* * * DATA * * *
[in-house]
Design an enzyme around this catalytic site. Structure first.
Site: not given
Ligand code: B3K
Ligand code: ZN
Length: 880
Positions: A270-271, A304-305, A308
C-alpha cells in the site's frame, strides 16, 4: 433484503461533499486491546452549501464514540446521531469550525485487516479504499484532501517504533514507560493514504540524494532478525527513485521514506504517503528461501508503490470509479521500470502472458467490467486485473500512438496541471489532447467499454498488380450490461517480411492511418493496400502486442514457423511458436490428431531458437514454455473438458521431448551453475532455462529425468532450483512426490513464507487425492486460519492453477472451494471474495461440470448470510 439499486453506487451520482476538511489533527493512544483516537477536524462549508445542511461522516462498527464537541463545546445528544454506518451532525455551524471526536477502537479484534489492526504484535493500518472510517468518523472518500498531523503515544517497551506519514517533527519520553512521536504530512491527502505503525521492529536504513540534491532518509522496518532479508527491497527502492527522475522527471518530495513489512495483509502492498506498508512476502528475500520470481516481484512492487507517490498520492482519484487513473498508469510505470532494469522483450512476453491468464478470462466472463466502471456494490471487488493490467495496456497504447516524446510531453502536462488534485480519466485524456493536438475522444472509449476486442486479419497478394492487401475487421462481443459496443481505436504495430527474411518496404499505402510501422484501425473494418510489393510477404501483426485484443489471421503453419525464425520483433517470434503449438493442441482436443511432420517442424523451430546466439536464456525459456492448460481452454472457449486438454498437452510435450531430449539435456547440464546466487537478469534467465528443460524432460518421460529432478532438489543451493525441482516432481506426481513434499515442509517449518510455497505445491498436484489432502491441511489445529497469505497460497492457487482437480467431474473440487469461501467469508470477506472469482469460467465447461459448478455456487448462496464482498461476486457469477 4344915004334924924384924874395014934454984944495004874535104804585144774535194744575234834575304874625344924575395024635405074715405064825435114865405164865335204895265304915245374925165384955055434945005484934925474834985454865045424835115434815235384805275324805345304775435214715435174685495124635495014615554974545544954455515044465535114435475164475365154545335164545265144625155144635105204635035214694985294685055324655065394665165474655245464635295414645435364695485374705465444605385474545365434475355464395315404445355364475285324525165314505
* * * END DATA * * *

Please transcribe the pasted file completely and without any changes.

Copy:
[in-house]
Design an enzyme around this catalytic site. Structure first.
Site: not given
Ligand code: B3K
Ligand code: ZN
Length: 880
Positions: A270-271, A304-305, A308
C-alpha cells in the site's frame, strides 16, 4: 433484503461533499486491546452549501464514540446521531469550525485487516479504499484532501517504533514507560493514504540524494532478525527513485521514506504517503528461501508503490470509479521500470502472458467490467486485473500512438496541471489532447467499454498488380450490461517480411492511418493496400502486442514457423511458436490428431531458437514454455473438458521431448551453475532455462529425468532450483512426490513464507487425492486460519492453477472451494471474495461440470448470510 439499486453506487451520482476538511489533527493512544483516537477536524462549508445542511461522516462498527464537541463545546445528544454506518451532525455551524471526536477502537479484534489492526504484535493500518472510517468518523472518500498531523503515544517497551506519514517533527519520553512521536504530512491527502505503525521492529536504513540534491532518509522496518532479508527491497527502492527522475522527471518530495513489512495483509502492498506498508512476502528475500520470481516481484512492487507517490498520492482519484487513473498508469510505470532494469522483450512476453491468464478470462466472463466502471456494490471487488493490467495496456497504447516524446510531453502536462488534485480519466485524456493536438475522444472509449476486442486479419497478394492487401475487421462481443459496443481505436504495430527474411518496404499505402510501422484501425473494418510489393510477404501483426485484443489471421503453419525464425520483433517470434503449438493442441482436443511432420517442424523451430546466439536464456525459456492448460481452454472457449486438454498437452510435450531430449539435456547440464546466487537478469534467465528443460524432460518421460529432478532438489543451493525441482516432481506426481513434499515442509517449518510455497505445491498436484489432502491441511489445529497469505497460497492457487482437480467431474473440487469461501467469508470477506472469482469460467465447461459448478455456487448462496464482498461476486457469477 4344915004334924924384924874395014934454984944495004874535104804585144774535194744575234834575304874625344924575395024635405074715405064825435114865405164865335204895265304915245374925165384955055434945005484934925474834985454865045424835115434815235384805275324805345304775435214715435174685495124635495014615554974545544954455515044465535114435475164475365154545335164545265144625155144635105204635035214694985294685055324655065394665165474655245464635295414645435364695485374705465444605385474545365434475355464395315404445355364475285324525165314505